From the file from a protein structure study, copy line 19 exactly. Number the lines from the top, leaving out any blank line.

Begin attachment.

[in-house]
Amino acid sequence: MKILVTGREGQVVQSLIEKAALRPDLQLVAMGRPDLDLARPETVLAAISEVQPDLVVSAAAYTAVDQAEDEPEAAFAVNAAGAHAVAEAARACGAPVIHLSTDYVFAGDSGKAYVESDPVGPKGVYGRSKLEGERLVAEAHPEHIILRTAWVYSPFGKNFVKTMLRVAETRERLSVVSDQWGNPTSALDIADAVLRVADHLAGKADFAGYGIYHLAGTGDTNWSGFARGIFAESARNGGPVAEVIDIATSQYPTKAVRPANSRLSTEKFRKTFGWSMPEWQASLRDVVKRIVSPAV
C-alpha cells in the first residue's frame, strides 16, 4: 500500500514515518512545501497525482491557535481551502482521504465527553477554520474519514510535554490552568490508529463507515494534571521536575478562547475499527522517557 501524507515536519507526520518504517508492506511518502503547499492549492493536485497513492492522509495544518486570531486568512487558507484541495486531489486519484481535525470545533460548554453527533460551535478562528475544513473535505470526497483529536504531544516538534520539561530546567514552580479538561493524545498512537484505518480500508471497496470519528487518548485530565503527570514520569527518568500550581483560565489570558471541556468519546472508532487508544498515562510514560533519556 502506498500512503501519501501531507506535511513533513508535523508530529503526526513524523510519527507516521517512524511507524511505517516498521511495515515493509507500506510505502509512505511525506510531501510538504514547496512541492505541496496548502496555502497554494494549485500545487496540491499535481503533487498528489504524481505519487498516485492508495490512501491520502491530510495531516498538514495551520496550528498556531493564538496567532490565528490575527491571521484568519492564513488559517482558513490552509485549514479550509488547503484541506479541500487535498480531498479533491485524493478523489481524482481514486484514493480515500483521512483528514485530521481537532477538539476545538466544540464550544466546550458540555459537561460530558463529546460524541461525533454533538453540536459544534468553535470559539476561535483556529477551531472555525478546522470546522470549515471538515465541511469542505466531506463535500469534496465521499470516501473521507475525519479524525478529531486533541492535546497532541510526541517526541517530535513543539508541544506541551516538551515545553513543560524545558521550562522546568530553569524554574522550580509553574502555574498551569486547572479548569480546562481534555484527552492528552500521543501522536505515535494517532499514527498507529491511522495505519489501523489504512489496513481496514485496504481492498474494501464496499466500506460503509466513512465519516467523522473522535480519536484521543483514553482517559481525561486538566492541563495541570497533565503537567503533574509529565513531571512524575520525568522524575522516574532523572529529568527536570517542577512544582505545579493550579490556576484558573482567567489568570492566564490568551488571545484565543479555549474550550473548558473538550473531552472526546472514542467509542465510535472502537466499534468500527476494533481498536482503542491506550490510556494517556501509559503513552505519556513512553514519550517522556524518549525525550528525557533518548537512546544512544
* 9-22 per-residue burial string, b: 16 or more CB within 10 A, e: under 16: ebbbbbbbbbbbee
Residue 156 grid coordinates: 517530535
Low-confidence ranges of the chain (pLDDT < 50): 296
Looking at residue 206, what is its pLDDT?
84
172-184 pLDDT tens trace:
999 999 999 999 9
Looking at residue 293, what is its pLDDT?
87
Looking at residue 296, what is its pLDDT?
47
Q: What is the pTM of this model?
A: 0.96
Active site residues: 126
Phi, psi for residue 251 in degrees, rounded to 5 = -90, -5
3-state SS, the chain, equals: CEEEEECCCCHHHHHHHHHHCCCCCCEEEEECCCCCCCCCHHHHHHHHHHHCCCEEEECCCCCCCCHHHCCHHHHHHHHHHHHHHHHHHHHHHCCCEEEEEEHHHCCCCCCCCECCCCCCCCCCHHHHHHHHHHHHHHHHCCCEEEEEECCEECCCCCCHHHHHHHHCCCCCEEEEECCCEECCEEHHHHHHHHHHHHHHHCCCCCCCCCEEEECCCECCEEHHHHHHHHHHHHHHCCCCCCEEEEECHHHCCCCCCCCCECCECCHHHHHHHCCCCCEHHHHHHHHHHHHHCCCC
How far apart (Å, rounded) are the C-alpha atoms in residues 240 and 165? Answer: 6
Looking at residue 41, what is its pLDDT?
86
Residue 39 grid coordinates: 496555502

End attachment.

3-state SS, the chain, equals: CEEEEECCCCHHHHHHHHHHCCCCCCEEEEECCCCCCCCCHHHHHHHHHHHCCCEEEECCCCCCCCHHHCCHHHHHHHHHHHHHHHHHHHHHHCCCEEEEEEHHHCCCCCCCCECCCCCCCCCCHHHHHHHHHHHHHHHHCCCEEEEEECCEECCCCCCHHHHHHHHCCCCCEEEEECCCEECCEEHHHHHHHHHHHHHHHCCCCCCCCCEEEECCCECCEEHHHHHHHHHHHHHHCCCCCCEEEEECHHHCCCCCCCCCECCECCHHHHHHHCCCCCEHHHHHHHHHHHHHCCCC